Comparison of Education Advancement Opportunities for Low-Income Rural vs. Urban High School Student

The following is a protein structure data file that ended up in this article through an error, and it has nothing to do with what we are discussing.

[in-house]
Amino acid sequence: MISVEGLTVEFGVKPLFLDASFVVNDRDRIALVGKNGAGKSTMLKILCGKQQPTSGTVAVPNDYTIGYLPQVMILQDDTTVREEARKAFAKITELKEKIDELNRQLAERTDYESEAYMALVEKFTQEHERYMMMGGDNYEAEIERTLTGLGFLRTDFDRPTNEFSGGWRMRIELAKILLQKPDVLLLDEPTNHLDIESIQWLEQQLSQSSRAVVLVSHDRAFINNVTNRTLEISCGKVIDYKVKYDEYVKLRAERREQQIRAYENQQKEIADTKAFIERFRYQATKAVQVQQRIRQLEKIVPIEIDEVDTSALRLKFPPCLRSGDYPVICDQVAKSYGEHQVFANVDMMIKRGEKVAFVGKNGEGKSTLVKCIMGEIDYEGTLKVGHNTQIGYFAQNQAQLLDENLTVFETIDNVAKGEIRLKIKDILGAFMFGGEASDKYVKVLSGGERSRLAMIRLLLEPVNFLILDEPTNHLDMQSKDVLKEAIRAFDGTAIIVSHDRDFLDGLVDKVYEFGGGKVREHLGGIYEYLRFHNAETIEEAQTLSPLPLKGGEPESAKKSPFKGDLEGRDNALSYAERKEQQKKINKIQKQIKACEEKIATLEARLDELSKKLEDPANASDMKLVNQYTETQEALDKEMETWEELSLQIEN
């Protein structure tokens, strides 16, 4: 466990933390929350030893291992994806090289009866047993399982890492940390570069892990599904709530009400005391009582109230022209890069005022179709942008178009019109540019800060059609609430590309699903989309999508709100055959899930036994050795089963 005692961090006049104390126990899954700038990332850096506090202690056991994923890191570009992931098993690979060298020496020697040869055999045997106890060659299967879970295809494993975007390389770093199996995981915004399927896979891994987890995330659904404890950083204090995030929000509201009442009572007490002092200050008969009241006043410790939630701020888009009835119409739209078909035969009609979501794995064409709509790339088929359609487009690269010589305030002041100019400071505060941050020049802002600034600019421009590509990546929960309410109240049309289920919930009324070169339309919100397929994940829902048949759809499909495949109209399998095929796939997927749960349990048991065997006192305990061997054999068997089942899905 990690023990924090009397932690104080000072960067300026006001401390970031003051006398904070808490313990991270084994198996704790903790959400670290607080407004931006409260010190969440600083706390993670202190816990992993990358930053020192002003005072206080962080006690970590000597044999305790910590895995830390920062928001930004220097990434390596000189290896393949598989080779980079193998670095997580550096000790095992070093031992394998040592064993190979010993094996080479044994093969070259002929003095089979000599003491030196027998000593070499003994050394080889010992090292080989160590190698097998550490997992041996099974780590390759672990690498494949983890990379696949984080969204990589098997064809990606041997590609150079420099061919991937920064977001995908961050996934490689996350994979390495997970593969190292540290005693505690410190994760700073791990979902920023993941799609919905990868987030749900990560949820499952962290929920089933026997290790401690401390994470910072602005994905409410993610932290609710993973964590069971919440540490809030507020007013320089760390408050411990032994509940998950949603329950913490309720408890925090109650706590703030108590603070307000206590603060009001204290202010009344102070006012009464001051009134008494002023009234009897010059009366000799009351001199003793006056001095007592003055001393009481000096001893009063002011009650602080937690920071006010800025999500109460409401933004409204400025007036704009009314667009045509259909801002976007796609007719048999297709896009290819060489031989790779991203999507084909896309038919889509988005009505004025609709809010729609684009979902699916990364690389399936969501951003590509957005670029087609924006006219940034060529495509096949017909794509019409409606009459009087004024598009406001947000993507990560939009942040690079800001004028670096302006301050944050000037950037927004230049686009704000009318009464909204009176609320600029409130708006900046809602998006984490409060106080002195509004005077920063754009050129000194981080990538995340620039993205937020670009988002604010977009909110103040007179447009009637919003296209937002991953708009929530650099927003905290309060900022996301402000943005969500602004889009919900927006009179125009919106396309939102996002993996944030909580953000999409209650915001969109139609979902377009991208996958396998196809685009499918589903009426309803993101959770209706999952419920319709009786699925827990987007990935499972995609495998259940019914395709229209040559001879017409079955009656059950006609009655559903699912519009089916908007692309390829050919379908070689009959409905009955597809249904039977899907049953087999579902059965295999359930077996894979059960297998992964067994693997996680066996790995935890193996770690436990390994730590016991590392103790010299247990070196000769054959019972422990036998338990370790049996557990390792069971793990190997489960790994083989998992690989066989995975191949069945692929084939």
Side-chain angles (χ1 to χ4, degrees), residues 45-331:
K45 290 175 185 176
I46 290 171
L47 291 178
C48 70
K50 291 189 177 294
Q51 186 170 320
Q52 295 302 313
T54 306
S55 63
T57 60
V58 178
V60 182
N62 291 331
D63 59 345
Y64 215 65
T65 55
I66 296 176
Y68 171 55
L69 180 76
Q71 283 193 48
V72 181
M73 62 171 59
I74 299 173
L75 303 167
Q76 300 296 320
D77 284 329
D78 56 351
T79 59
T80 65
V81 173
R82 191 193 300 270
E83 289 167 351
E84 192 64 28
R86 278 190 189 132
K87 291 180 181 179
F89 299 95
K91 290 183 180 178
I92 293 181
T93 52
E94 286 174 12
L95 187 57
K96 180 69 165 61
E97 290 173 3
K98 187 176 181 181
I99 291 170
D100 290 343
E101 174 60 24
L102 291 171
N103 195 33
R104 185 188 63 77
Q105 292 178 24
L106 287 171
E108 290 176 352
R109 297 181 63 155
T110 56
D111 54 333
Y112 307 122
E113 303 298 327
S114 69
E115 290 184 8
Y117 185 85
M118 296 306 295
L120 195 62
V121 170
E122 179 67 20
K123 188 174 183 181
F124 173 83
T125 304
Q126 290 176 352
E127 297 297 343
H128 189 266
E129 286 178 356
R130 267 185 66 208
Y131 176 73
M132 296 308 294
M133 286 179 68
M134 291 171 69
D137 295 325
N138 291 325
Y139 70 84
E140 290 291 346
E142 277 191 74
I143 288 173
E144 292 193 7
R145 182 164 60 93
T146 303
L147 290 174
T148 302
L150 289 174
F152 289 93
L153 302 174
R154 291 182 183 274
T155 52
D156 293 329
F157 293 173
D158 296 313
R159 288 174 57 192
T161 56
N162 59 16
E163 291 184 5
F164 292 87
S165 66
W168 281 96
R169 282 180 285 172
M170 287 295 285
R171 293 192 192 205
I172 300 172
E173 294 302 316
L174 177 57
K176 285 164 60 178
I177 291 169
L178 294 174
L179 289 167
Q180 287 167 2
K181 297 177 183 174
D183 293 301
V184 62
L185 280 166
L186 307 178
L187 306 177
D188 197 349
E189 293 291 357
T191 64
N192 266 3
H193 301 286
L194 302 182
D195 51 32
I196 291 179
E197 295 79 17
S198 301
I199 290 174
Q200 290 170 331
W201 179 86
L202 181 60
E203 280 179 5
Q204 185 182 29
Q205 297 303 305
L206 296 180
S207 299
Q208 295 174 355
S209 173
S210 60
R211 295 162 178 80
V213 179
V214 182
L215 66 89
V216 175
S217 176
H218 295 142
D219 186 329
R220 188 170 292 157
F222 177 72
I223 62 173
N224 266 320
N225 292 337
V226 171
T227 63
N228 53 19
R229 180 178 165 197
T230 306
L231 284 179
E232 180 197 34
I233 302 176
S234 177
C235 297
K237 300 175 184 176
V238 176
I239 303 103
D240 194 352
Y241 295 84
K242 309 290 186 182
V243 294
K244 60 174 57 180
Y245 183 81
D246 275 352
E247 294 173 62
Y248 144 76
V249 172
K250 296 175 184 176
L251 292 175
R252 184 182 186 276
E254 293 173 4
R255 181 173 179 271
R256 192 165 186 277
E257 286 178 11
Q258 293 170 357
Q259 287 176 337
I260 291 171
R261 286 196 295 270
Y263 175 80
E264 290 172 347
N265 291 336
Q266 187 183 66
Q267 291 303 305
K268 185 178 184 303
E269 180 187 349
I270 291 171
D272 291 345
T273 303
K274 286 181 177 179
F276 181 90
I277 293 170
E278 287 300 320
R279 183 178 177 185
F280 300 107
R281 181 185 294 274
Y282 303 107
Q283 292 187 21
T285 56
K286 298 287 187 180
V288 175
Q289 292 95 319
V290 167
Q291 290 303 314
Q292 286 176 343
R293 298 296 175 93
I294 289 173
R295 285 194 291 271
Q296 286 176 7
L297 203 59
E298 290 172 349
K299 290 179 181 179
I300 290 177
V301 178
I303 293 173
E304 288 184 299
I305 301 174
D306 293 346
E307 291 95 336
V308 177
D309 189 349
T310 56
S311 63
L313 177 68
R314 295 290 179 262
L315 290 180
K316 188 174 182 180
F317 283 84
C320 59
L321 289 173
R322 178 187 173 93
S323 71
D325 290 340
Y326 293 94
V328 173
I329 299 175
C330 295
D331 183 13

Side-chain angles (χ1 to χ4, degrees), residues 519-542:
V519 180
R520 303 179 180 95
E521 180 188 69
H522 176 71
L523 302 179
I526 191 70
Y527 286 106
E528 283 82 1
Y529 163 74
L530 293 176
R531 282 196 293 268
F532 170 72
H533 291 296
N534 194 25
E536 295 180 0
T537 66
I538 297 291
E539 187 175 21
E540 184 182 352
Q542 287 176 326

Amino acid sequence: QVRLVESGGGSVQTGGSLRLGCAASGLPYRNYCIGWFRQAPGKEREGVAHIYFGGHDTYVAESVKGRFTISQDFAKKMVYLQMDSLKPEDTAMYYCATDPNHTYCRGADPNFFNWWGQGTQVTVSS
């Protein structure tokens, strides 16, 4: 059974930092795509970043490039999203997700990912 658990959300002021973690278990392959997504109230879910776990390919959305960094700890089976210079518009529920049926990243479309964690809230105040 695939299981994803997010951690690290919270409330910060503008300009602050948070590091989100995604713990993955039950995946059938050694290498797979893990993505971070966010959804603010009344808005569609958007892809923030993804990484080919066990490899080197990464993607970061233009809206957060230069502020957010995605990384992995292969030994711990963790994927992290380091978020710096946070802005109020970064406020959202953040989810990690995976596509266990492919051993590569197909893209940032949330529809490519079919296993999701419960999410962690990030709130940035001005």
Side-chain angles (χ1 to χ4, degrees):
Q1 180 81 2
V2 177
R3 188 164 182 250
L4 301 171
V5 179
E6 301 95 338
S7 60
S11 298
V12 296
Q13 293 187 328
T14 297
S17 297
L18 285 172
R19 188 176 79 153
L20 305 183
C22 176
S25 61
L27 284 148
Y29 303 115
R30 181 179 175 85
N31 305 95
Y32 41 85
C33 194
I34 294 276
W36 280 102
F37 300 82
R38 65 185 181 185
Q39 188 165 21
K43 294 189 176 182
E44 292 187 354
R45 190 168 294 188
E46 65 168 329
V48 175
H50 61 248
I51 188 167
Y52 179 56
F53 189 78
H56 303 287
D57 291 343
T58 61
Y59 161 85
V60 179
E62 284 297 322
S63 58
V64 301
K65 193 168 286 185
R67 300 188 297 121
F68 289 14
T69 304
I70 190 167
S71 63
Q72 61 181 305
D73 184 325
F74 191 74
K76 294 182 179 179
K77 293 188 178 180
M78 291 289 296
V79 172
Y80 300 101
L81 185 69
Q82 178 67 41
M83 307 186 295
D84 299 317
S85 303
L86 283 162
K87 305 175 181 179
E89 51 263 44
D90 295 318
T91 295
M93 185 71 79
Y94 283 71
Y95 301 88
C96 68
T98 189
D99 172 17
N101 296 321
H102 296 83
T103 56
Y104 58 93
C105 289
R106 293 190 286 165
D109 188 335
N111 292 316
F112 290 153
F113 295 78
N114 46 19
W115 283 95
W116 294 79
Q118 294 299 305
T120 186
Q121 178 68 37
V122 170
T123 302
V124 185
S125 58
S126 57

Comparison of Education Advancement Opportunities for Low-Income Rural vs. Urban High School Students Deborah A. MariniNational University HUB650 Behavioral ResearchProfessor Randy HeinrichApril 5, 2022led to continue their education is equal at 56% of high school graduates continuing on to college. (National Student Clearinghouse Research Center, 2018). According to the United States Census Bureau, the definition of rural is anything not considered part of a metro or urban area with an urban core of 50,000 people or more residing in a dense area. Within the urban and rural settings are a subset of low income and high-income educational systems. While it is known that educational opportunities for advancement are quite available to the higher income sector of the population, what needs to be examined is the opportunity for educational advancement to lower income students within the rural and urban setting and how they both compare. Which low-income population has a greater opportunity for breaking the pattern of low earning potential? Does a high school graduate have a better opportunity for advancement by living in a low-income rural setting, or a low-income urban setting and why? Research Proposition By approaching the research from a constructivist worldview, or more specifically the social constructivist view, it is important to first understand the discrepancy that exists between low-income and high-income educational advancement opportunities. The independent variable for the purpose of my research question will be focused on the low-income level population within a geographic location (rural vs. urban) where the dependent variable will be the statistics that show advancement to college within each low-income area. By acknowledging the existence of a lack of equal advancement, it then proves to widen the gap for those even more challenged by their geographic orientation. According to, in the year 2018 (pre-covid year), there were 15.9 million students enrolled in public high schools in the US. Of those 15.9 million high school students, 31.82% attended high school in rural settings and 28.86% attended in urban settings. (HS Benchmarks Report, 2018). Of these students, 40% of those attending high school in an urban setting are low income as compared to 26% of high school students being low income in a rural area. (National Center for Educational Statistics, 2018). By eliminating race, ethnic background and gender, I will create a subset based solely on the relationship between geographic location and college advancement. My approach will involve a mixed method of data collection and analysis, focused mostly on quantitative results of existing research and qualitative grounded theories with respect to income discrepancies and availability for advancement. Rationale for Quantitative Methods Quantitative research questions, as stated by Creswell and Creswell (2018), “inquire about the relationships among variables that the investigator seeks to know”. (p.136).  To examine the statistical evidence available showing the rate of enrollment for post secondary education in rural and urban settings, then draw a comparison as to how many students enrolled complete their college education, we can begin to look for patterns and challenges to explain the differences between rural and urban educational advancement. The geographic location will be presented as the independent variable and the effect of geographic location upon educational advancement the dependent variable. Rationale for Qualitative Research By using the qualitative method, through the use of peer-reviewed research, I can explore the reasons behind the disparities in educational advancement and understand more clearly the challenges each geographic location presents when comparing the statistics. What gets in the way of their college enrollment and why?Rationale for Mixed Methods Approach When examining the educational system, the numbers are readily available as to attendance, drop off rate and continuation on to an advanced degree. These numbers are absolutely vital in examining where the disconnect lies between low-income urban and rural education. Combining this data with a look into the family life, social constructs, external influences, will allow me to draw a clearer picture of the differences that exist and provide possible solutions based on those differences. Statement of the ProblemAs a society, we have an obligation to make sure we are providing equal opportunities for all students that wish to pursue greater life advancement and create a better opportunity for themselves. Clearly the statistics have shown that the affordability of College can greatly affect the outcome of one’s dream for a better future. By comparing and contrasting which low income population is more at risk of not receiving the proper education advancement opportunities, we can then identify where the focus should be more concentrated and what can be done to correct the injustice. As I have driven across our country several times and lived in both rural and urban settings, the need for proper access to education can exist whether through in-person or virtual opportunities in the more rural settings. Research Questions The primary focus of my research will be to answer the question of: “Which geographic orientation of low-income population provides more opportunities for educational advancement, rural or urban living?” The fact that a lack of advancement for educational opportunities exists within the low-income population has been researched and proven within the educational system simply by looking at the statistics showing the difference in numbers of those advancing on to a secondary education. As seen in the 2019 High School Benchmark Study conducted by the NSC Research Center, it states “Students from higher-income high schools were 25 percent more likely to enroll in college immediately after high school than those from low-income schools (69 percent and 55 percent, respectively). The gap still persisted when looking at college enrollments within two years of high school graduation”. By taking my research a step further I hope to answer the question as to how much one’s geographic location contributes to an already challenged population with regard to educational opportunities. Literature ReviewQuantitative Statistics of Low-Income Rural and Urban HS Students The literature review will be based on both statistical information found in the National Center for Educational Statistics and other resources such as the USDA Economic Research Service (2020) as well as data provided for percentage of those students that go on to post secondary education after completing their public school education. Examining the longitudinal advancement and progression of public high school students each year within a 5 year time span (US Department of Education 2013-2018) will allow a benchmark comparison of progression of students enrolled in high school in both rural and urban settings and their educational advancement. By presenting percentages of students attending public schools and the percentage of those considered low-income and compare and contrast the two, it will support the fact that a problem exists in the first place between low-income educational opportunities in the urban and rural setting. The research design approach will consist of existing data utilized as a meta analysis to compare and contrast the two low-income geographic locations and then test through a multiple regression to answer the research question. Quantitative Statistics of Employment Advancement OpportunitiesOpportunity for career advancement and employment opportunities can directly affect decisions to attend college. For that reason, I will also include the statistical information from the US Department of Labor for 2013-2018 for job opportunity and employment advancement in urban and rural settings to show a possible correlation to the lack of post secondary enrollment within each geographic location. Qualitative Peer Reviewed StudiesI will also utilize literature regarding the various emotional factors that can show possible reasons for not continuing onto an advanced degree. For example, as stated in two separate articles, one in UKessays (2021) and another (Wang, J., 2021) focused on the disparity between urban and rural education, both show technology as being a challenge to those in a rural setting.  By utilizing the HS Benchmarks Report from 2018 regarding studies in both rural and urban settings it will demonstrate the connection between low-income rural and urban percentages of college attendance and high-income rural and urban percentages, proving the disparity among both.  The additional resource showing the connection will be the United States Census Bureau for 2018. I have chosen the year 2018 due to Covid numbers not being truly indicative of school attendance.  To demonstrate the social construct and lend a more personal perspective, there are several peer-reviewed articles focused on the plight of urban and rural low-income students. Mariann Villa (Journal of Rural Sciences, 2021) examines the rural-urban migration and how that will affect the educational system as the transition takes place. It is important to note that mobility for upward advancement can create a cross-reference of populations. In order to provide possible solutions to the inequities, as mentioned before, Jingxian Wang et al. (Computers in Human Behavior, 2019) provide a look at how virtual education and access to computers can create an equality reaching across rural areas. By researching qualitative data delving deeper into the personal situations of those students that live in urban and rural low-income areas, I can also draw a comparison to social challenges faced that may prevent them from continuing on to college. As William P. Evan et al. (1999) show in their report, gang involvement is on the rise in rural communities. For the purpose of my research research about gang influence on the rise can contribute to possible explanations for the reduction in those pursuing a degree in rural communities.  With regard to the family structure, there are several factors to be considered in order to perform an accurate comparison to rural and urban life. One is the income level. According to the United States Census, poverty levels are higher and the medium income lower in rural counties than those in urban areas. (2018) The lack of financial opportunity can contribute greatly to educational advancement as well as familial emotional support. Working longer hours to fill in the financial gaps means less time for nurturing a child that may want to continue on to college.  The importance of this research for examining both rural and urban opportunities is necessary due to the large amount of low-income population that exists in both areas. A perfect example of this is stated my Megan Lavalley in her 2018 examination of the lack of attention to rural education. “Rural students and the schools they attend receive little attention in either policy or academia. This is despite the fact that more than 46 million Americans live in nonmetropolitan areas—a population roughly equivalent to the entire country of Spain”Synthesis A report written in March of 2016 at the John’s Hopkins School of Education states this “A college education has become an important gateway to the middle class, defined as the middle four deciles of income.” The importance of financial opportunity begins with educational opportunities, no matter what economic situation we arrive from. The study proves how challenging obtaining a higher education is for low-income students. They state in their statistics that “the gap between poor and rich students’ college graduation rates is larger than the gap between their college enrollment rates (Dynarski, 2015), showing that not only is college attendance somewhat unattainable to some, but the ability to stay to complete graduation continues to be a challenge. My research question is focused on determining which low-income population receives a greater opportunity for educational advancement, rural or urban, therefore providing a greater opportunity for achieving a higher income earning potential. By pinpointing any inequalities I find, the areas in need of attention will be more easily discovered and targeted for improvement to create a generation that is better prepared to reach the American Dream. Method Overview of DesignFollowing the philosophy of the postpositivist worldview (Creswell and Creswell, 2018), my research will focus on the scientific approach to data collection and analysis.  With statistical and quantitative data, results are gathered, crossed referenced and a narrative is created on the connectivity and separateness of the results. For this reason, I have chosen a mixed methods case study design approach and using the survey design within the quantitative approach. The case study design intent is to “generate cases based on both quantitative and qualitative results and their integration.” (Creswell and Creswell, 2018, p. 230) and where “ both types of data are gathered concurrently in a convergent core design and the results are merged together to examine a case and/or multiple cases”(Creswell and Creswell, 2018, p.230). The statistical data will be used to compare the differences that exist between the educational system in rural and urban settings. Along with peer reviewed research available no earlier than 2012, which will provide insight as to why any discrepancies exist. For example, why is the enrollment rate higher for post secondary education in an urban setting and what types of resources exist in each? ProcedureThe research will be of a descriptive and relational design focused on establishing a reliable prediction based on existing data, surveys and statistics that will answer the research question as to which geographic area provides the most opportunity for educational advancement. Data will be collected from several areas. The US Census will give a baseline as to how many low-income high school students exist as a whole. The US Department of Education will provide the statistics needed to draw a comparison between urban and rural students that go on to attend college and how many graduate. The US Labor Department data will be used to show the opportunity for advancement after graduation- a factor that, from a qualitative assessment, may contribute to a low attendance and graduation rate in a specific geographic area. By pulling in peer-reviewed articles that focus on rural issues and urban issues separately, I can cross reference the data to report the percentage of similarities in each and differences that may contribute to a lack of opportunity for advancement. For the purpose of this research proposal and the time constraints involved, I will not be focusing on the qualitative components such as family issues surrounding lack of enrollment such as lack of affordability, resources or parental involvement, or social and ethnic influences such as gang influence, race or religion. However, I will utilize peer reviewed research to further explain the general issues and social constructs that contribute to the lack of enrollment and college completion that exists within the two geographic areas of urban and rural and draw a comparison between the two to answer the question as to where the greater benefit is available. The data gathered will be based on longitudinal studies of students enrolled in rural and urban high schools and their completion rate as well as enrollment rate in post secondary education (US Census and US Department of Education) and will also be focused on what designates low-income, what are the statistics of low income high school students in rural and urban settings, what the rate of enrollment in post secondary education is in each geographic location, what the graduation rates are for each geographic location, and utilizing peer reviewed articles to evaluate and include any extenuating life circumstances and challenges each area presents. Designating Low-Income Status  US Census data will be used to establish a baseline for the group we will work with in research. The income data and classification status as low-income will be used as our baseline population involved in the study. Low income is defined as “A low-income person is someone whose total annual income is 50% or less of the AMI or average income for the community where they live. That means if the AMI is $60,000, you need to make less $30,000 a year to be considered low-income.” (CRA Newswire, 2018). Defining Rural and UrbanThe next step will be to divide the population down even further into what constitutes rural and urban settings (US Census, Rural and Urban Settings, 2021) and collect data related to the population statistics of low-income families in the urban and rural areas (US Census). Post-Secondary Educational Advancement/Graduation RatesBy cross referencing the statistics from the US Department of Education on post-secondary education advancement in low-income rural and urban areas, the peer reviewed articles focused on the inequality of educational advancement opportunities will be used to not only connect the differences but also to highlight the similarities in struggles between urban and rural high school students. Including the percentage of those students from both rural and urban settings that attend college and comparing it to those that graduate from college will include a statistical look at the probability of going on to pursue greater employment advancement within rural and urban settings Employment Opportunities for Rural and Urban Locations Obtaining statistics for career and job opportunities for both rural and urban settings through the US Department of Labor Statistics will allow a possible explanation for the reason for s disparity (if there is one) between college enrollment. By utilizing peer reviewed data on the challenges faced for both urban and rural high school students, and the opportunities that await them upon graduation, it will provide a look into the lack of motivation for continuing on to a post secondary education after graduation. To answer the question of which geographic location provides more opportunity for educational advancement, we must also look at what awaits one after attending college. Why would a student invest in furthering their education if the opportunity to utilize it is not present? This could be used to answer the research question as to which area shows a higher college enrollment. Qualitative Peer Reviewed Research To properly evaluate and determine which geographic area would be more favorable to live in with regard to post secondary educational advancement opportunities, peer research not dating more than 10 years from today will bring in the inequalities of educational structure within the urban and rural settings. The Systematic Literature Review, the Education Research Review (Silva-Laya, Marisol, et al., 2020) highlight the limitations of educational advancement facing the urban population and demonstrate the educational inequalities of low-income versus high-income families, whereas, a research study by Nace Community (Crain, A., 2018) highlights the importance of examining why rural college enrollees are showing only 29% rural versus 48% of those enrolled in college being from and urban setting. ResultsData Recording By utilizing the mixed methods approach to gathering the data, they will be cross-referenced according to Creswell and Creswell’s (2018) uses for mixed methods research.  “One data base could help explain the other data base, and one data base could explore different types of questions than the other base” (p.14). The convergent mixed methods will provide the opportunity to first examine the quantitative data for establishing parameters around what constitutes low income, then breaks it down into categories of rural and urban low income and finally, rural and urban low income high school students.  By utilizing a multiple linear regression focused on low-income college enrollment between 2013-2018, I can establish the validity of consistency in the data with regard to college enrollment with urban and rural high school students. The low-income designation will remain constant for both urban and rural geographic locations. Due to the low-income status being constant, there will be only one variable, that of geographic location being urban or rural to examine the rate of post secondary educational advancement and the advancement statistics showing which has the larger amount of public high school students continuing onto college. With y =low-income and x1 acting as rural public high school students enrolled in college and x2 as urban public high school students enrolled in college, the research question will provide the general prediction as to which area provides better opportunities. Tools Primary data obtained through statistical data, polls and college enrollment statistics based on income and geographic location. Secondary data will be obtained through government reports such as US Census, Department of Education and US Department of Labor statistics focused on post secondary educational advancement for rural and urban low-income high school students, and employment opportunities available in the rural and urban settings. Population The population of focus will be of two parts. (1)= Low-Income Rural Public High School Students Continuing Onto Post Secondary Education and (2)= Low-Income Urban Public High School Students Continuing Onto Post Secondary Education. Data Analysis  The data analysis will be an exploratory sequential mixed methods design that focuses on two phases of data collection. One will be the quantitative data regarding the number of low-income rural and urban high school students continuing on to college with the combination of the quantitative data regarding employment opportunities available within each geographic are (this data can be used to offer a possible explanation for a decline in or lack of post secondary education enrollment to eliminate bias). The qualitative data collection will focus on social differences between the two areas as well as individual challenges rural and urban students face. The purpose of the analysis is to determine the rate of college enrollment with low income students then compare that to rural and urban enrollment percentages. The interval/ratio will be to examine the population of both low income rural students with low income urban students then show the percentage that go onto post secondary education. To test the research question, the statistical method will use a difference of two means (being rural and urban) and complete a regression analysis of college enrollment between 2013-2018 based on US Department of Education statistics. With the common factor being low-income status (x) and the population being either (1) Rural or (2) Urban, the percentages of those continuing their education within the years 2013-2018 are recorded and graphed. According to Joseph Durlak’s description of a meta-analysis, the use of existing data will be used to clearly answer the research question posed and the qualitative data will be used as an annex to explain possible discrepancies of opportunity for each geographic setting such as social influences, gang influence or lack of resources and technology.  Reliability, Validity and Bias Checks Due to the use of statistical data being obtained through government agencies such as US Department of Census, US Department of Education and US Department of Labor Statistics, the reliability of the quantitative data is high. To ensure reliability and validity of the qualitative data, only peer reviewed scholarly articles dating no more than 10 years from the year 2022 will be used. Subjective bias will be avoided through the use of scholarly articles, research experiments and theses that have been peer reviewed. DiscussionThe awareness of the inequalities in the availability of educational resources is no secret and there are countless studies to prove it. “Research over the last 50 years have been remarkably consistent when it comes to addressing education inequality: background factors like family and socioeconomics matter to school success. Yet policies remain narrowly focused on school-based reforms like testing, standards, and charter schools due in large part to America’s limited understanding of education and inequality” (Eng, N., 2016) It goes beyond just the classroom. Staff shortages, retention and a lack of qualified teachers all contribute to the challenges faced within the educational system.  But beyond that is the disparity not only between high-income and low-income students, but where these students live, whether it be urban or rural. To target which area is in need of additional resources could help to realize where assistance and resources are needed the most. Looking beyond what happens in the classroom lends us a look into where to begin. Expected ResultsThe expected results will stand to generate awareness to the challenges that low-income high school students face as well as the additional challenges faced by simply being raised in a geographical area. Some of the research has shown the lack of availability of technical resources such as Internet, in rural settings. This could impact greatly the ability to prepare a college application, attend on-line classes and communicate effectively with their high school staff should they have an issue. The disparity between educational opportunities available between the high-income and low-income populations are somewhat obvious and easily recognized whether in a rural or urban setting. However, what are often overlooked, are the additional challenges that may come from living where one lives. To pinpoint which geographic location is lacking in resources or technological services can allow there to be an area of focus to assist in narrowing that gap of inequality. Limitations of The Study There are several limitations to the study that sit more in the qualitative realm. Mere observation of the statistics that reflect college enrollment, do not tell the whole story. For example, challenges in a rural setting could be a lack of transportation available to continue on to post secondary education, a lack of access to the Internet due to remote locations, a lack of employment opportunity available upon graduation. All of these can prove to be reasons behind a lack of enrollment that are not documented in statistics. In a rural setting, some of these challenges not reported in the data could also be transportation, a need for employment income or a competitive admissions policy due to population density if exploring an urban college. Implications of Findings In order to better address the lack of college enrollment with low-income students, it is imperative to be given a glimpse as to where to begin. It is this researchers hope, that by providing a research analysis of the possible disconnects to be further examined outside of the classroom, we can draw a focus as to where to support funding, donate resources and help to raise the college enrollment for low-income families where it is needs the most. Change only happens when we become aware of it. Through this research, loopholes that are keeping our high school students from achieving their goal of a higher education can be identified and better targeted for funding. General Summary and Conclusions There is the saying “the squeaky wheel gets the grease” (Author unknown). As we travel through the countryside and witness it’s vast circumference or walk in cities crowded with people, both leave one wondering whose voice is not being heard? The right to education exists not only to those in elementary and high school, but to those students that wish to break the pattern of poverty or low-income status and go on to achieve a post secondary education. Their voices deserve to be heard. To pinpoint where to start, in the rural or urban setting, can narrow down the scope and break down the need to open the door for more impactful legislation allowing opportunities such as a stable and reliable technology infrastructure in a rural setting.  Prior to starting the research, the conclusion was focused more on the density challenges that come with an urban setting. What was discovered, however, were the magnitude of challenges facing those in a rural setting that are readily available to those in an urban setting, such as proximity of community centers and accessibility to Internet capability. Some rural areas cannot afford to pay for technological services and access to transportation options are scare if not non-existent. To lack opportunity due to the remoteness of location, seems to highlight the definition of educational inequality.  ReferencesBjorklund-Young, A. (2021, December 14). Family income and the college completion gap. 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